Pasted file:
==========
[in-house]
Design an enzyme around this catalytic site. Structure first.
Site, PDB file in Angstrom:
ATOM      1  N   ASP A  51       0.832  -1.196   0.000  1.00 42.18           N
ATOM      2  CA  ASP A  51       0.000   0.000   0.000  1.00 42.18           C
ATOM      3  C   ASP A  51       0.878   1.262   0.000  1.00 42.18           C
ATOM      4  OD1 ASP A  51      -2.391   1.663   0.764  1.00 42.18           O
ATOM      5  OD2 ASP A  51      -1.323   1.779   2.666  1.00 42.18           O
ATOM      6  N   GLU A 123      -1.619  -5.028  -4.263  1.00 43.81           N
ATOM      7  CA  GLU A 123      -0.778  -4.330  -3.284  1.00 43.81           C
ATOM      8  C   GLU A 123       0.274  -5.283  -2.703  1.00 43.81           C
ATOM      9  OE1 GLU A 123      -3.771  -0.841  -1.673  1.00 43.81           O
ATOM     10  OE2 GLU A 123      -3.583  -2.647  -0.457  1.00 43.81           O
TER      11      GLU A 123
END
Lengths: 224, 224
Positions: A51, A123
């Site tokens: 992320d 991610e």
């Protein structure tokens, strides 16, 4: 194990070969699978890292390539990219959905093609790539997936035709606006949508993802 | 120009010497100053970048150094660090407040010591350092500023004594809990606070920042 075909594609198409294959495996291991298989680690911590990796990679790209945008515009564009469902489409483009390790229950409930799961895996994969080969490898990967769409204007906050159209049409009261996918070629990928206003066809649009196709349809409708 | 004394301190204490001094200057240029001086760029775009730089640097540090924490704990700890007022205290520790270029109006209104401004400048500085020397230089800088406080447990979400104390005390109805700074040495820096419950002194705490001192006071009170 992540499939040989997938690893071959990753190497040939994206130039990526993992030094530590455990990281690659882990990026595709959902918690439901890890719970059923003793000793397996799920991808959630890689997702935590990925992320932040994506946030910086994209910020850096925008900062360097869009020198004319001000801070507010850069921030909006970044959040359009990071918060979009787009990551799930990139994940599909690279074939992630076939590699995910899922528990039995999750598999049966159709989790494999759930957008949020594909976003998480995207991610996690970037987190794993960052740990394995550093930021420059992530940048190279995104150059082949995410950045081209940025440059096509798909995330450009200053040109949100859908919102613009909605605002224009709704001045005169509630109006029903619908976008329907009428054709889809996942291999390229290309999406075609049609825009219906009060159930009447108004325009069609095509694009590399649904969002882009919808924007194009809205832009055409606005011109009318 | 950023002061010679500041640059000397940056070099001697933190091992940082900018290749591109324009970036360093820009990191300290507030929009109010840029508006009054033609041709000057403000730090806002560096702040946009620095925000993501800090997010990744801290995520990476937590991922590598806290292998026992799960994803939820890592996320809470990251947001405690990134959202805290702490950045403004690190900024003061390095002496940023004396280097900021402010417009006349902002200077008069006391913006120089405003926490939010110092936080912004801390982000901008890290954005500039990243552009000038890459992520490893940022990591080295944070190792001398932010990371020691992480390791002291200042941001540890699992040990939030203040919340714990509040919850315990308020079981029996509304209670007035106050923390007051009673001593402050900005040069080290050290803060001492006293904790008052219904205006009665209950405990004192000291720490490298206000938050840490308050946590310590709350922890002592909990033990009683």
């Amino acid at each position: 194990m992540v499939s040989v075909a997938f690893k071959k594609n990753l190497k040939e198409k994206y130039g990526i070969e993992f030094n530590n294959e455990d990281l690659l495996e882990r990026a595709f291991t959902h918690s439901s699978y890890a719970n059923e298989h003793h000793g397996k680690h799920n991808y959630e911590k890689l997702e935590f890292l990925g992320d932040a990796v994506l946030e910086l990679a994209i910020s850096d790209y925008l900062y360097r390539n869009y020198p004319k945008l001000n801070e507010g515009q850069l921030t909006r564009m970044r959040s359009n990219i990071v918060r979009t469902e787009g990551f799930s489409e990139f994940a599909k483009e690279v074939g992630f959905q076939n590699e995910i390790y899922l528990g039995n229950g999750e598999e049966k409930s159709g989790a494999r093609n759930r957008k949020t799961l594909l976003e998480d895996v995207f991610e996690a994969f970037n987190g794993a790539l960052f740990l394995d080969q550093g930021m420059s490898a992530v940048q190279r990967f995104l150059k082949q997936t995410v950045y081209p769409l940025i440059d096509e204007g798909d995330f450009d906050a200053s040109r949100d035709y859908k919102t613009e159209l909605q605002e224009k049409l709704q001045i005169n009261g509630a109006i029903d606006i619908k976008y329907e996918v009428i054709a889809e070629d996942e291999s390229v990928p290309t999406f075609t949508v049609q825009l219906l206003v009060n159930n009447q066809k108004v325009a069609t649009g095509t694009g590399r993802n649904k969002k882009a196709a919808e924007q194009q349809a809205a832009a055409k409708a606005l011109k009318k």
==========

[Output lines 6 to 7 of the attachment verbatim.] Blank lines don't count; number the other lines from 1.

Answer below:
ATOM      3  C   ASP A  51       0.878   1.262   0.000  1.00 42.18           C
ATOM      4  OD1 ASP A  51      -2.391   1.663   0.764  1.00 42.18           O